‘Did you kill a Palestinian?’: War sparks anti-West boycott across Arab world

People angered by support for Israel’s offensive against Hamas shun McDonald’s, KFC, Coca-Cola and more; apps identify banned products, billboards promote boycott

Palestinians holds posters asking for the boycotting of Israeli products during a rally in the West Bank city of Hebron on October 28, 2023. (HAZEM BADER / AFP)
Palestinians holds posters asking for the boycotting of Israeli products during a rally in the West Bank city of Hebron on October 28, 2023. (HAZEM BADER / AFP)

In a convenience store in Bahrain, 14-year-old Jana Abdullah carries a tablet as she shops, checking a list of Western brands to avoid as Israel pursues its war against the Hamas terror group.

Jana and her 10-year-old brother, Ali, used to eat at McDonald’s nearly daily but they are among many across the Middle East now boycotting companies they believe support Israel.

With a campaign spreading on social media including TikTok, children as well as their parents are shunning major brands such as Starbucks, KFC, and Carrefour.

“We have started to boycott all products that support Israel in solidarity with the Palestinians,” Jana told AFP.

“We do not want our money to contribute to more fighting,” she added, searching for local replacements.

The movement has gradually swelled since October 7, when 3,000 Gazan terrorists burst across the border into Israel by land, air, and sea in a shock assault, killing some 1,400 people, mostly civilians, and taking at least 240 hostages under the cover of thousands of rockets fired at Israel.

Israel swiftly declared war on Hamas, which rules the Gaza Strip and is openly committed to destroying the Jewish state. Israel has said it aims to eliminate the Islamist terror group, in order to prevent any recurrence of the October 7 slaughter, and to secure the release of the hostages, while seeking to minimize civilian casualties in Gaza. It accuses Hamas of using Gazans as human shields, deliberately putting them in harm’s way while seeking to evade Israeli troops and continuing to fire rockets into Israel.

Kuwaitis hold up keys representing homes abandoned by Palestinians as they fled their homes during the 1948 War of Independence, during a rally in solidarity with the Palestinians at Iradah Square in Kuwait City on November 3, 2023. (Yasser Al-Zayyat / AFP)

The Hamas-run health ministry in the Gaza Strip has claimed that some 9,700 people have been killed since October 7 amid Israel’s airstrikes and ground offensive. However, that figure cannot be independently verified and is believed to include Hamas terror operatives as well as civilians killed by misfired rockets that fell within the enclave.

Across the region, Arabs angered by the Israeli attacks, have turned against brands associated with Israel’s allies, notably the United States.

The boycott has been accompanied by calls for Arab states to cut ties with Israel, while pro-Palestinian and anti-Israel rallies have taken place weekly in major capitals.

Turkey and Jordan have recalled their ambassadors to Israel, Saudi Arabia announced a pause in normalization talks and Bahrain’s parliament said trade ties had been halted, although there was no government confirmation.

Grim billboards

Led by tech-savvy youth, the boycott campaign includes browser extensions, dedicated websites, and smartphone apps that identify proscribed products.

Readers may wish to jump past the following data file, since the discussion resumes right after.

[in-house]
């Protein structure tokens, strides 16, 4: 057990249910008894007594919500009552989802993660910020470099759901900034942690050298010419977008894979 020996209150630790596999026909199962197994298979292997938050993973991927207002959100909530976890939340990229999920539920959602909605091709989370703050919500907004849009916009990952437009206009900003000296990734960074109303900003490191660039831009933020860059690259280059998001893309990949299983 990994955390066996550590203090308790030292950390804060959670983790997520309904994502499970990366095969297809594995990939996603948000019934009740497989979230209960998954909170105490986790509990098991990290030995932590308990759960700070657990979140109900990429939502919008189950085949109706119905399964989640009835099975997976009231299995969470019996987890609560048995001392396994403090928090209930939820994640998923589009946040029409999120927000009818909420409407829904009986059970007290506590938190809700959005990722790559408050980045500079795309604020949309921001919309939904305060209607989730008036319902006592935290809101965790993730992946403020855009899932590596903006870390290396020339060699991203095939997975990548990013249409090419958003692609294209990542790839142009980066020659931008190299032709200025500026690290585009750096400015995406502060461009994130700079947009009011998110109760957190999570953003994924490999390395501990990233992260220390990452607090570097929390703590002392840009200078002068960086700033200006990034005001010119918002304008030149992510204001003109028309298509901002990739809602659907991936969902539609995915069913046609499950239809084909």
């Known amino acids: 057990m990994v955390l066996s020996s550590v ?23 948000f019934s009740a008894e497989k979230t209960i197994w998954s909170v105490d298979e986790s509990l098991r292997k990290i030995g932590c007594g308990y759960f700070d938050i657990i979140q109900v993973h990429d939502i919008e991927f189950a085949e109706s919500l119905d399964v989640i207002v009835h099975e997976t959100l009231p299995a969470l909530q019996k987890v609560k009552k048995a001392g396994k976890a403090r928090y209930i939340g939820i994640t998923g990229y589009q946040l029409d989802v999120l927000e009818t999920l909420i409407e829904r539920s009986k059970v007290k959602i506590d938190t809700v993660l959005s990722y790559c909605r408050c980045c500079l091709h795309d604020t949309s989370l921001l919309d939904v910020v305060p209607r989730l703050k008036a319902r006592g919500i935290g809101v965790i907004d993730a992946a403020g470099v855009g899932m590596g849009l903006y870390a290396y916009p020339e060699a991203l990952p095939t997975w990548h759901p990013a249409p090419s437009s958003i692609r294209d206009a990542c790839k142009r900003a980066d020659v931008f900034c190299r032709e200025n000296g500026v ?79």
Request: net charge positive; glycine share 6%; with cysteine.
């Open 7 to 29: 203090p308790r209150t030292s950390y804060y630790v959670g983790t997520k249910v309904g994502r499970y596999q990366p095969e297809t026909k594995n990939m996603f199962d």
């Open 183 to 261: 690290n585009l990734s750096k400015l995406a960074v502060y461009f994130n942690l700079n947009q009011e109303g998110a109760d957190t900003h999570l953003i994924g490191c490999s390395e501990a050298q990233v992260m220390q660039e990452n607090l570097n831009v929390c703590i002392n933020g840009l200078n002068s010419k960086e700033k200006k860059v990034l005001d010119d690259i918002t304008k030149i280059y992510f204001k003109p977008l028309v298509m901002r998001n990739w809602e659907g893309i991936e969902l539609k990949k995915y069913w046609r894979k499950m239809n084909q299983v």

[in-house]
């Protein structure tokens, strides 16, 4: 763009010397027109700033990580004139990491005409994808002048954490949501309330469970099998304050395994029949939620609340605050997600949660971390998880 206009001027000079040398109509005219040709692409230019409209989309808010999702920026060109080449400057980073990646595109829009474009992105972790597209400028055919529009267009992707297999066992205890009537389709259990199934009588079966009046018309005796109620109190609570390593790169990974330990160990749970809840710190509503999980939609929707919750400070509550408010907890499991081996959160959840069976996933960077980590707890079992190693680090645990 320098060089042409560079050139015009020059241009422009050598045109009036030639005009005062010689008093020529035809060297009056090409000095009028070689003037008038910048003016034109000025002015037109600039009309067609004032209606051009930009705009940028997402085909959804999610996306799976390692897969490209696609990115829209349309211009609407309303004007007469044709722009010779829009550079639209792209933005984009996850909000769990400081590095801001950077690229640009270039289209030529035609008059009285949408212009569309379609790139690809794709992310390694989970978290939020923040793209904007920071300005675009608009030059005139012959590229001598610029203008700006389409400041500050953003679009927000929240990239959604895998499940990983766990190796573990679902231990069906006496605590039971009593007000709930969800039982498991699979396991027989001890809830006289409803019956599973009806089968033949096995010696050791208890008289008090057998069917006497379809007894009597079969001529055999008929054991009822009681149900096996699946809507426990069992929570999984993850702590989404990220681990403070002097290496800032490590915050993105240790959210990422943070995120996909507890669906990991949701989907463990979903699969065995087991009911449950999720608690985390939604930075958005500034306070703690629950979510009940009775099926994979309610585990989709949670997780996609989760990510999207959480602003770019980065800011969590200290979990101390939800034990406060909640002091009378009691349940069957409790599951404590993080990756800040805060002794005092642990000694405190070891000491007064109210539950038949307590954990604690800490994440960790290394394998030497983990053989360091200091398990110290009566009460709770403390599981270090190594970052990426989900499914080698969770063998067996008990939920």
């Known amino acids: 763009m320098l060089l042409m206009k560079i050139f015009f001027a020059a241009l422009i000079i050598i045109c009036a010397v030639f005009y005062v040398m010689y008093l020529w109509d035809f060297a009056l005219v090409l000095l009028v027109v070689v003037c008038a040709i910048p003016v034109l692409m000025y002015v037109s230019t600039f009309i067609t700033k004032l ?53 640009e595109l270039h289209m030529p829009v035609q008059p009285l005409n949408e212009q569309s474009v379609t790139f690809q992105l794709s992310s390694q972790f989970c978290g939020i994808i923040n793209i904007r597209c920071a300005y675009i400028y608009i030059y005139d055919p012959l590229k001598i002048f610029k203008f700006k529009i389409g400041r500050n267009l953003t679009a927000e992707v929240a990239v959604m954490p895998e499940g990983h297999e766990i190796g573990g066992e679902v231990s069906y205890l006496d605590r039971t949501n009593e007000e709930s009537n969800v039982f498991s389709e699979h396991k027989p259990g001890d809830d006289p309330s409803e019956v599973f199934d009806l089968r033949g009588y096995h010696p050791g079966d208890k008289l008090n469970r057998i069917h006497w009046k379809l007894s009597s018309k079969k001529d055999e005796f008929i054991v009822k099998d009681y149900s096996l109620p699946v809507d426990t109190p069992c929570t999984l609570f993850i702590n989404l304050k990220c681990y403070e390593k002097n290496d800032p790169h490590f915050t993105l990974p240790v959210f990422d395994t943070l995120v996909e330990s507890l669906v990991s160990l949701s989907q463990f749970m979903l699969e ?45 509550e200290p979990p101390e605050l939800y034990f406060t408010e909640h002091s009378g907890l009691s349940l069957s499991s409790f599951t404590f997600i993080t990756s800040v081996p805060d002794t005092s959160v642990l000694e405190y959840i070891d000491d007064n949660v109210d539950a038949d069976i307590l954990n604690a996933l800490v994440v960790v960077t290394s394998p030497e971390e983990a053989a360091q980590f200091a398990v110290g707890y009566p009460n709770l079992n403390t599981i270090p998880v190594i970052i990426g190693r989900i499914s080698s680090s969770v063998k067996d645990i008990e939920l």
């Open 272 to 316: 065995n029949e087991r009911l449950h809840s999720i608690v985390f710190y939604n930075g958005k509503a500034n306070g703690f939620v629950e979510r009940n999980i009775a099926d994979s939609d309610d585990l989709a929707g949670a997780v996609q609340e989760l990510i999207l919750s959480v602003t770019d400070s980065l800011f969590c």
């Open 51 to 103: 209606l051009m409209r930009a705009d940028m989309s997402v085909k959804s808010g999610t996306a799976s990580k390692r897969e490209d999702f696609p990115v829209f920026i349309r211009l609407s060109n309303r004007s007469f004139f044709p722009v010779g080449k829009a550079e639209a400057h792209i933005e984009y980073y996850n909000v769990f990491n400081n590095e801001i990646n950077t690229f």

One Google Chrome extension, PalestinePact, blurs items advertised online if they are included in the list.

More traditional methods are also in use. Beside a four-lane highway in Kuwait City, giant billboards show images of bloodstained children in bandages.

“Did you kill a Palestinian today?” the grim slogan asks, jabbing at consumers who are still using the targeted goods.

According to Mishari al-Ibrahim, a Kuwaiti activist, Western support for Israel’s Gaza offensive “strengthened the spread of the boycott in Kuwait.”

“It created a mental image among Kuwaitis that the West’s slogans and what it says about human rights do not apply to us.”

McDonald’s has found itself a prime target. Last month, the US fast food chain’s Israel franchise announced it had given thousands of free meals to soldiers, sparking uproar in the region.

McDonald’s Kuwait, a separate entity, responded by pledging more than $160,000 to relief efforts in Gaza and said it “stands with Palestine” in a statement on social media.

McDonald’s Qatar also pledged $275,000 to relief efforts in Gaza and stressed in a statement last month that it was separate from the Israeli branches.

‘Pay for bullets’

In Qatar, some Western outlets have been forced to close after their owners shared pro-Israel content online.

The Doha branches of Pura Vida Miami, a US cafe, and French pastry company Maitre Choux both shut in October.

In Egypt, a home-grown soda brand long ignored by much of the population has come into vogue because of the boycott. Spiro Spathis, founded in 1920, said it recently received more than 15,000 applications in a hiring round prompted by the growing demand.

However, the boycott could have a deep impact on Egypt’s economy, the Federation of Egyptian Chambers of Commerce has warned.

“The impact on the Egyptian investors and tens of thousands of workers will be profound,” a statement said, stressing that local branches are owned by Egyptian franchisees.

Meanwhile in Jordan, where social media posts have warned consumers not to “pay for bullets,” Abu Abdullah is closely inspecting a bottle of flavored milk at a grocery store in the capital, Amman.

“Ah, this is made in Tunisia,” he said, his four-year-old son Abdullah standing beside him.

“This is the least we can do for our brothers in Gaza,” he said. “We must boycott.”

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